The high alcohol lagers are lagers greater than 6% ABV, these range in colour, malts and hop flavour and aroma. This family include Helles Bock, Dunkles Bock, Doppel Bock, Eisbock and even though it is not a recognised style yet, India Pale Lagers (IPL) are common.
With the high alcohol lagers, these cover the full-colour spectrum and therefore can use the widest range of malts, for the classic styles they typically use traditional German malts and typically follow the reinheitsgebot purity laws. However, we are talking about experimenting with lagers, so don’t be afraid to bend or break the rules. The same as with the lower alcohol lagers when experimenting with lagers we are using the relative simplicity of lagers to showcase an experimental feature of the beer and with the increased alcohol allows for more intense flavours to be showcased while the beer remains balanced.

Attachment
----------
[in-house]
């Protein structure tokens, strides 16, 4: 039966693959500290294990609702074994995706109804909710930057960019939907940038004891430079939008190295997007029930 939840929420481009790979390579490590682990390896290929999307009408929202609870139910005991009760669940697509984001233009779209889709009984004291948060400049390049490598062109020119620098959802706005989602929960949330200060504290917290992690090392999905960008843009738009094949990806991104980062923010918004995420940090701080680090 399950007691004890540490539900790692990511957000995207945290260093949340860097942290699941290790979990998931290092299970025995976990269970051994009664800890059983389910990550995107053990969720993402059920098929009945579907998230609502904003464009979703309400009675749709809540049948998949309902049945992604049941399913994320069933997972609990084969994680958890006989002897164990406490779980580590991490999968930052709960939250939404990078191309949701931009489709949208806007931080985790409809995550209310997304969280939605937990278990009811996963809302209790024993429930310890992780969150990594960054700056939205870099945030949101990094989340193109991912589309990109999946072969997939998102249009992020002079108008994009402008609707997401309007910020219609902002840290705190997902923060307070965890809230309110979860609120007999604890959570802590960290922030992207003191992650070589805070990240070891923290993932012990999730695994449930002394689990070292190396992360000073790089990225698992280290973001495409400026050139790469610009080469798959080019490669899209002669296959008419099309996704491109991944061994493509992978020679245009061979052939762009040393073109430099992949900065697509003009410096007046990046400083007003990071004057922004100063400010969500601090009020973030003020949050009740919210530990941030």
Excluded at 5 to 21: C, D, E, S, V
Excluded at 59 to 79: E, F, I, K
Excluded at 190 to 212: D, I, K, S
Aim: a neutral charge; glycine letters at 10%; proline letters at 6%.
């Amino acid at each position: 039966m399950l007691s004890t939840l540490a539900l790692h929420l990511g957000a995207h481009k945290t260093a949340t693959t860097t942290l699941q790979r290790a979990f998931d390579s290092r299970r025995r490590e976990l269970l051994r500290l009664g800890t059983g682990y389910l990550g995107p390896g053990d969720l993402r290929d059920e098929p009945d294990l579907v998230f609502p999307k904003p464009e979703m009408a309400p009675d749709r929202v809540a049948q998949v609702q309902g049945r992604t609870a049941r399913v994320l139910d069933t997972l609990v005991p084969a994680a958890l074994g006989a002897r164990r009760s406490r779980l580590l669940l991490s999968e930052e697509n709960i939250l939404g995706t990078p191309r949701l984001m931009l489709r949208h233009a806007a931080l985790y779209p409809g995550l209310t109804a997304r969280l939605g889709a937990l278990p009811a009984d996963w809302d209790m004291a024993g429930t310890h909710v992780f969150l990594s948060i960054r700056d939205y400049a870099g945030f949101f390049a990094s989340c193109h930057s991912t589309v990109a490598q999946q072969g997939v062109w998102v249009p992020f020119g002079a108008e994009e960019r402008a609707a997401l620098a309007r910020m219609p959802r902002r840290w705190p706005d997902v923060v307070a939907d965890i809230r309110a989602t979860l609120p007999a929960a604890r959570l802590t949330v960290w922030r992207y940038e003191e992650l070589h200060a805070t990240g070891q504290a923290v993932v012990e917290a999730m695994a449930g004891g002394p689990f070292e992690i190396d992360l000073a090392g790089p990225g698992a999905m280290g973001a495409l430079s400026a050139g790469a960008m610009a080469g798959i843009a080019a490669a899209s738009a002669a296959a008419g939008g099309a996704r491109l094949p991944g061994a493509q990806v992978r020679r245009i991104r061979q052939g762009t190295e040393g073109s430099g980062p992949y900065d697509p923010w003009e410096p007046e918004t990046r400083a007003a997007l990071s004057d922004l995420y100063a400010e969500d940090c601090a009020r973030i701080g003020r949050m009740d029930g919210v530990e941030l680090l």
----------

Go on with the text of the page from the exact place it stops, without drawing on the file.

Like most of the classic lager styles these also mainly use German noble hops except for the IPL which typically use American new world hops. Therefore the inclusion of new world hop varieties in lagers is increasing in popularity, and with the subtlety of lager yeasts, the hop flavour and aroma can be unadulterated by the common fruity esters produced by ale yeast.
The high alcohol lagers are similar to the lighter lager versions when it comes to spices or process experimentation but due to the higher malt and alcohol flavours these can handle more bold flavours like barrel ageing or more classicly freeze distillation to get Eisbocks.
The easiest way to start experimenting is to start with a classic recipe for a particular style and make changes from there, as per the classic saying ‘standing on the shoulders of giants’. Try to make the changes singular and small at first noting the flavour changes with each batch. This process is slower but will allow you to dial in a particular flavour profile and be able to repeat it in future.